from The American Heritage® Dictionary of the English Language, 4th Edition
- n. A grass (Bromus tectorum) that is native to Eurasian temperate regions and has become widespread in the grasslands of the western United States. Also called downy brome.
from Wiktionary, Creative Commons Attribution/Share-Alike License
- n. A local name for various types of grasses which resemble, but are different from, the predominant species growing in that locality.
from WordNet 3.0 Copyright 2006 by Princeton University. All rights reserved.
- n. annual or winter annual grass with softly hairy leaves of the Mediterranean
In Nevada, the birds are challenged by an invasive species, cheatgrass, which is prone to frequent wildfires that burn up native sagebrush.
The areas in between the bushes, which are surprisingly bare, are usually filled in with a desert grass such as cheatgrass, Idaho fescue, bluegrass, or bluebunch wheatgrass.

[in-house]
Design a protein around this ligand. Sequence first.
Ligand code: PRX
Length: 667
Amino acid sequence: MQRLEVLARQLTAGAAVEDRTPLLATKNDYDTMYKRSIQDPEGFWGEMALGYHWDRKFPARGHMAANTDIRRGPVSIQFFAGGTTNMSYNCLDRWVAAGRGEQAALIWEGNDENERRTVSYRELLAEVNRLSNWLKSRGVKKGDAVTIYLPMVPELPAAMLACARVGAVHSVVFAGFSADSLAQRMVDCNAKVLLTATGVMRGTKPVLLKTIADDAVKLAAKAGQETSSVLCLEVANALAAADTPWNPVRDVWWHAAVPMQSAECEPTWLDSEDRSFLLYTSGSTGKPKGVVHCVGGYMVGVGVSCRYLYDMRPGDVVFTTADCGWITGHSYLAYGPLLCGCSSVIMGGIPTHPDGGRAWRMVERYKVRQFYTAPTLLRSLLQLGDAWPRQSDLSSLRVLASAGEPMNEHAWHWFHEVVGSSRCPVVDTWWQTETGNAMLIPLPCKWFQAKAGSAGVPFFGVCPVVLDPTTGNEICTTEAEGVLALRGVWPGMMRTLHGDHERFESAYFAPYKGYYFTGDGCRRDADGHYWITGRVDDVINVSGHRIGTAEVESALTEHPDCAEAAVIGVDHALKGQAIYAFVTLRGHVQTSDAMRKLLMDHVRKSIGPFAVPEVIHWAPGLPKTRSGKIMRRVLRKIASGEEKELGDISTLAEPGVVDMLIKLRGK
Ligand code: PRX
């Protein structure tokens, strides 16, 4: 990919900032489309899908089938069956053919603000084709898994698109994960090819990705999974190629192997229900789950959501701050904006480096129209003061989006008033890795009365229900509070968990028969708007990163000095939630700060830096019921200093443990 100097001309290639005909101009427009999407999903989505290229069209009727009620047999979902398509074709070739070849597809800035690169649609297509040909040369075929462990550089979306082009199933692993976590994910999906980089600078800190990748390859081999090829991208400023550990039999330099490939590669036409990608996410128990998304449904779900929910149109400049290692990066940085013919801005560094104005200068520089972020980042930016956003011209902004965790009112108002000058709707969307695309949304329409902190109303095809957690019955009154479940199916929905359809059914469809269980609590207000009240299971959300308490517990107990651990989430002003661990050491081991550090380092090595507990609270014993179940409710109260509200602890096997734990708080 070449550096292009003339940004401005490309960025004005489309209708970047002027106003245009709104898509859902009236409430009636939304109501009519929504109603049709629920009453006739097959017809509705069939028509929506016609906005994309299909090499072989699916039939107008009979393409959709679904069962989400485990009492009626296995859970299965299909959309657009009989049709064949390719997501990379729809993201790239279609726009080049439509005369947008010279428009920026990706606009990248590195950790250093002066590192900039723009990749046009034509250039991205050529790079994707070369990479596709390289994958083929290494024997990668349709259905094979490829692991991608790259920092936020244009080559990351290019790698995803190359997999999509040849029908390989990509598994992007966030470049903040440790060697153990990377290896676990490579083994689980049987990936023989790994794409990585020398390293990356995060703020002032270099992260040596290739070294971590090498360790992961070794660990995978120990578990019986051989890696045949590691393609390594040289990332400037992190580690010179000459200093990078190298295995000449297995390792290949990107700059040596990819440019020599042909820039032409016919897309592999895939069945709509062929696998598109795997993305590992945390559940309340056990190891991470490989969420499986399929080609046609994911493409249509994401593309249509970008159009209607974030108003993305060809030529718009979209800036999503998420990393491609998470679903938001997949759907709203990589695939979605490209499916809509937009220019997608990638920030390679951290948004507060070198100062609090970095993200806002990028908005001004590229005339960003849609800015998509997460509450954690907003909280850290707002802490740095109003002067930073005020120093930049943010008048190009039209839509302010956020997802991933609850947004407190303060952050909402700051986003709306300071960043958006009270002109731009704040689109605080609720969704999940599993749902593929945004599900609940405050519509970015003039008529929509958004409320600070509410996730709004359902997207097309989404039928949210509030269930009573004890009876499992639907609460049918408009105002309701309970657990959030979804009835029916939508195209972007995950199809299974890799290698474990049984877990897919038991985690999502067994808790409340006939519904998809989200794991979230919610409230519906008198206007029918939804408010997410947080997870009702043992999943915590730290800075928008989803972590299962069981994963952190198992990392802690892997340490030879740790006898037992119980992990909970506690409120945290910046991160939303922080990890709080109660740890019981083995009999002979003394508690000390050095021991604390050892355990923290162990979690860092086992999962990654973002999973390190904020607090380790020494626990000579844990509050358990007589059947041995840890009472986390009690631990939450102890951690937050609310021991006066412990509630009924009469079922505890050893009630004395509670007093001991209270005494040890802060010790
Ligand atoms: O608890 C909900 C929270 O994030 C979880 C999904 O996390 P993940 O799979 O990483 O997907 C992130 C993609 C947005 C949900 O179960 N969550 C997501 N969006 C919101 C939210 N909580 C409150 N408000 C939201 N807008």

These annuals, such as cheatgrass brome (Bromus tectorum) and Russian thistle (Salsola paulensii), have become important in arresting succession in many areas.
The common elements firefighters like to see eliminated on any property are dry grasses, such as cheatgrass, and dead bushes and trees.
About 1,000 miles of roads would be closed and rehabilitated as part of the plan, herbicides would be used to get rid of noxious weeds such as cheatgrass and musk thistle, and riparian areas would be restored by using willows and other plants to stabilize stream banks.
Where early travelers saw sharp-tailed grouse, bison, bighorn sheep, grizzly bears, numerous beaver and even wolverines, today they see dust, feral horses, and noxious weeds including cheatgrass, halogeton and Russian thistle.
We began a program of rehabilitation, trying to eradicate the cheatgrass, then sowing inland salt grass on its former ground.
It snowed and after the snow melted Deryl scratched up a few acres on the east end where rampant cheatgrass had grown until Mr. Bromley, the weed control wizard from Encampment, had sprayed it earlier in the year.
It was also shocking to me that their habitat inspector failed to notice the noxious weeds—leafy spurge along the waterways, Canada thistle, cheatgrass and other troublesome invaders largely spread by cattle.
Suddenly it was mid-June and noxious weeds—leafy spurge, cheatgrass, hoary cress, Canada thistle—grew everywhere.
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